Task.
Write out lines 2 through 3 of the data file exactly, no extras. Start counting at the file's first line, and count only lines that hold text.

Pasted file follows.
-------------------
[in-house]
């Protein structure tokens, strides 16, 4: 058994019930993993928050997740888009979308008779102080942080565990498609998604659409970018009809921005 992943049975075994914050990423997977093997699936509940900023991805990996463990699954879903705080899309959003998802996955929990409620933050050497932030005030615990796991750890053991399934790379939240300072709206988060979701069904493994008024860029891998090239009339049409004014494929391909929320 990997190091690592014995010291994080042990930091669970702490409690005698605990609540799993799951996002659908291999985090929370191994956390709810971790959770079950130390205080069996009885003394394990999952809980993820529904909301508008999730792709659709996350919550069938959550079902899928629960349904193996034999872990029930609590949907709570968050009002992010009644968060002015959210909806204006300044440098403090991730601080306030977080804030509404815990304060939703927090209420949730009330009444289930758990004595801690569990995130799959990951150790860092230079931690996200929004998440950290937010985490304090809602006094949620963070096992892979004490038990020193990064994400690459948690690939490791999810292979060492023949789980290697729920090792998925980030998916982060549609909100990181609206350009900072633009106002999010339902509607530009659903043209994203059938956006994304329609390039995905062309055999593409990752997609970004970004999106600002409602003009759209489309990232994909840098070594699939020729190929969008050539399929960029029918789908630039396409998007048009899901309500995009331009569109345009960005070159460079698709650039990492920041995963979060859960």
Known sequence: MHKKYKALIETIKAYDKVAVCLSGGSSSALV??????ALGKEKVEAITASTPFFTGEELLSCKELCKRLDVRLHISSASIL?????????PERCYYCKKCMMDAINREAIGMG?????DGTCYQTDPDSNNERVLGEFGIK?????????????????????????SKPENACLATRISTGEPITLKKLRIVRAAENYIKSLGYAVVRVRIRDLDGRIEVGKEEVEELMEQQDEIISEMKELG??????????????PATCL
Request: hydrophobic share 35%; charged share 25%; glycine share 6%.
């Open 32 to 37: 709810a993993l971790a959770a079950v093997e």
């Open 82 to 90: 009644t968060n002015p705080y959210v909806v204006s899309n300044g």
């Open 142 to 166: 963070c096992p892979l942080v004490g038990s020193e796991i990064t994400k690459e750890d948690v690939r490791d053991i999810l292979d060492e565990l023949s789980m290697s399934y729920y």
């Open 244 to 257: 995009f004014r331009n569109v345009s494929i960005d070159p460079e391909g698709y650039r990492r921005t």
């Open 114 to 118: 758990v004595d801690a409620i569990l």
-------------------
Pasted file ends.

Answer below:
């Protein structure tokens, strides 16, 4: 058994019930993993928050997740888009979308008779102080942080565990498609998604659409970018009809921005 992943049975075994914050990423997977093997699936509940900023991805990996463990699954879903705080899309959003998802996955929990409620933050050497932030005030615990796991750890053991399934790379939240300072709206988060979701069904493994008024860029891998090239009339049409004014494929391909929320 990997190091690592014995010291994080042990930091669970702490409690005698605990609540799993799951996002659908291999985090929370191994956390709810971790959770079950130390205080069996009885003394394990999952809980993820529904909301508008999730792709659709996350919550069938959550079902899928629960349904193996034999872990029930609590949907709570968050009002992010009644968060002015959210909806204006300044440098403090991730601080306030977080804030509404815990304060939703927090209420949730009330009444289930758990004595801690569990995130799959990951150790860092230079931690996200929004998440950290937010985490304090809602006094949620963070096992892979004490038990020193990064994400690459948690690939490791999810292979060492023949789980290697729920090792998925980030998916982060549609909100990181609206350009900072633009106002999010339902509607530009659903043209994203059938956006994304329609390039995905062309055999593409990752997609970004970004999106600002409602003009759209489309990232994909840098070594699939020729190929969008050539399929960029029918789908630039396409998007048009899901309500995009331009569109345009960005070159460079698709650039990492920041995963979060859960």
Known sequence: MHKKYKALIETIKAYDKVAVCLSGGSSSALV??????ALGKEKVEAITASTPFFTGEELLSCKELCKRLDVRLHISSASIL?????????PERCYYCKKCMMDAINREAIGMG?????DGTCYQTDPDSNNERVLGEFGIK?????????????????????????SKPENACLATRISTGEPITLKKLRIVRAAENYIKSLGYAVVRVRIRDLDGRIEVGKEEVEELMEQQDEIISEMKELG??????????????PATCL